Mubarak's 'speech from the heart': A heartbreaker

As you've no doubt already seen, President Hosni Mubarak refused to step down in his latest speech to the Egyptian people:

Mubarak announced that he had put into place a framework that would lead to the amendment of six constitutional articles in the address late on Thursday night.

"I can not and will not accept to be dictater orders from outside, no matter what the source is," Mubarak said.

He said he was addressing his people with a "speech from the heart"

Three quick thoughts:

  • A lot of people were clearly out of the loop. Army commander Hassan al-Roweni told the crowd in Tahrir Square this morning that "everything you want will be realised"? CIA Director Leon Panetta was also confident enough to tell congress today that there was a "strong likelihood" of Mubarak's departure this evening. At what point during the day did Mubarak change his mind?
  • What exactly was the point of this? Friday was already predicted to be the biggest street demonstrations yet, but the crowds have been fairly good-natured. If Mubarak just wants to see if he can wait out the protesters, he should have just kept his mouth shut. You can expect a lot more hostility from the demonstrators after being disappointed so brutally tonight.
  • If the military really had been contemplating an anti-Mubarak coup, he just gave them a great pretext for it.

In any event, be sure to check out Blake's exclusive interview with Mohamed ElBaradei from earlier today.  Even before Mubarak's announcement,he seemed appropriately skeptical:

FP: So you don't have any confidence that [Vice President Omar Suleiman] can be the steward of a democratic transition?

MB: No. I don't have any confidence. The process is completely faulty, the way I see it. They don't understand, let alone are willing to move Egypt into democracy, unless we keep kicking their behinds.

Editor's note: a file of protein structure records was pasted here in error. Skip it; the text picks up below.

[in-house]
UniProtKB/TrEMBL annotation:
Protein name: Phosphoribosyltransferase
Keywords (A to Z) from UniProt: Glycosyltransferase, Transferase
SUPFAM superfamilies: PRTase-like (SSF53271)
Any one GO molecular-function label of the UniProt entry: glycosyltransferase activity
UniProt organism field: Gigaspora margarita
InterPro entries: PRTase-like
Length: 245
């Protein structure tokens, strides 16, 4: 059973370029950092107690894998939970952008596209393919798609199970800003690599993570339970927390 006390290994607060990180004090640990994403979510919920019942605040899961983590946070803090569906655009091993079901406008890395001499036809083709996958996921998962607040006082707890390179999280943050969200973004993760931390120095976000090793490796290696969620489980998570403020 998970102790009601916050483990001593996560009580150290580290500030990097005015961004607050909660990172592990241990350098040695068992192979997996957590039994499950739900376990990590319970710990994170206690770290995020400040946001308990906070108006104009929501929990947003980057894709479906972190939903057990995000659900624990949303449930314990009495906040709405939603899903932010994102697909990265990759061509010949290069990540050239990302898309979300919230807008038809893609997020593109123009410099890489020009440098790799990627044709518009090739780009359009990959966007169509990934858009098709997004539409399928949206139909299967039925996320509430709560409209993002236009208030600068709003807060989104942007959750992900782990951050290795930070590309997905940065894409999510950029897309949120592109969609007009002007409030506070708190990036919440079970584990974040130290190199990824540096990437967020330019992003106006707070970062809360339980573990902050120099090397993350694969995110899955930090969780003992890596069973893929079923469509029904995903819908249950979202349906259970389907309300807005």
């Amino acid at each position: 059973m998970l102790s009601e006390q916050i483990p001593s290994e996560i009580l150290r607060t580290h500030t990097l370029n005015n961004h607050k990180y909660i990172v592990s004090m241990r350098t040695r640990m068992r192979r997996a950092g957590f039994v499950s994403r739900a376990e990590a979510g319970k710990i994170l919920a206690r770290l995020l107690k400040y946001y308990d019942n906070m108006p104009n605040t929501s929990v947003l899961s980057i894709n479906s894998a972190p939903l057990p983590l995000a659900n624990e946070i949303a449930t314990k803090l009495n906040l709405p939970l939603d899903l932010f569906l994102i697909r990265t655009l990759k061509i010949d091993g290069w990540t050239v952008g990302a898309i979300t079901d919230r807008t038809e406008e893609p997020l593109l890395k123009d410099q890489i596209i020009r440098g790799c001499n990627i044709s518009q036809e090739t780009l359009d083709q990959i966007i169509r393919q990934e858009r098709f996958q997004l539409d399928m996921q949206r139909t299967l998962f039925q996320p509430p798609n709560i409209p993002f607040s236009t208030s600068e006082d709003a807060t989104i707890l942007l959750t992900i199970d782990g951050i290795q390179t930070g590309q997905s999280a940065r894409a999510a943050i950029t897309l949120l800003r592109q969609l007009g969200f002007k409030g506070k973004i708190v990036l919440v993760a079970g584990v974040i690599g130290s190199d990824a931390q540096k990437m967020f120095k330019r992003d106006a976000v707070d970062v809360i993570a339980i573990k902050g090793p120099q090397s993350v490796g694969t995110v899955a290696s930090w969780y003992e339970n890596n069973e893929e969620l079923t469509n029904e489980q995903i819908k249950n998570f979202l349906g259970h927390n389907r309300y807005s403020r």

And that's what happened. You saw Mubarak's first statement was saying, "We'll give you a new government" -- same old, worn-out tactics. A new government but no change of policy and the same people from his own party. They were kicked out and they said they would change the Constitution to allow more people to run. They got kicked out again and then they would say, "Well, Mubarak will not run." Then they abolished the whole leadership of the party.

It is not the sign of a regime, or whatever's left of it, that is ready to buy into real change. They are talking, again, to the established parties who have no influence, have no credibility in the street, most of them. The people who staged that revolution are not sitting around the table. The young people are not sitting around the table.

Check out the whole thing


Why the White House is not going to use the word 'coup'

Earlier today, the Egyptian military announced that it had taken "necessary measures to protect the nation and support the legitimate demands of the people." It appears more and more likely that President Hosni Mubarak will leave power tonight, leaving many observers to label the current situation a military coup.

CNN at the moment is quoting a senior military official denying the characterization, but one thing is definitely for sure: You're unlikely to hear the word coup from President Obama or any other senior administration official. (The president just spoke in Northern Michigan calling for an "orderly and genuine transition to democracy.")

As I wrote in an Explainer last April following the ouster of the government of Kyrgyzstan, the word coup carries some fairly heavy legal ramifications. Section 508 of the Foreign Operations and Appropriations Act states that U.S. financial assistance is prohibited to "any country whose duly elected head of government is deposed by decree or military coup." Aid can only be restored once the State Department can certify that democratic governance has been restored -- often a tough standard to meet.

Section 508 has been applied a number of times -- in Cote d'Ivoire in 1999 and Fiji in 2006, for instance. But it has also led to a reluctance by U.S. officials to describe government takeovers as coups. This was on full display following the overthrow of Manuel Zelaya in Honduras in 2009.  

Of course, Egypt is a whole different beast -- the third-largest recipient of U.S. military aid. But it's hard to imagine the administration would paint itself into a corner by uttering the word "coup," no matter what happens in the days to come.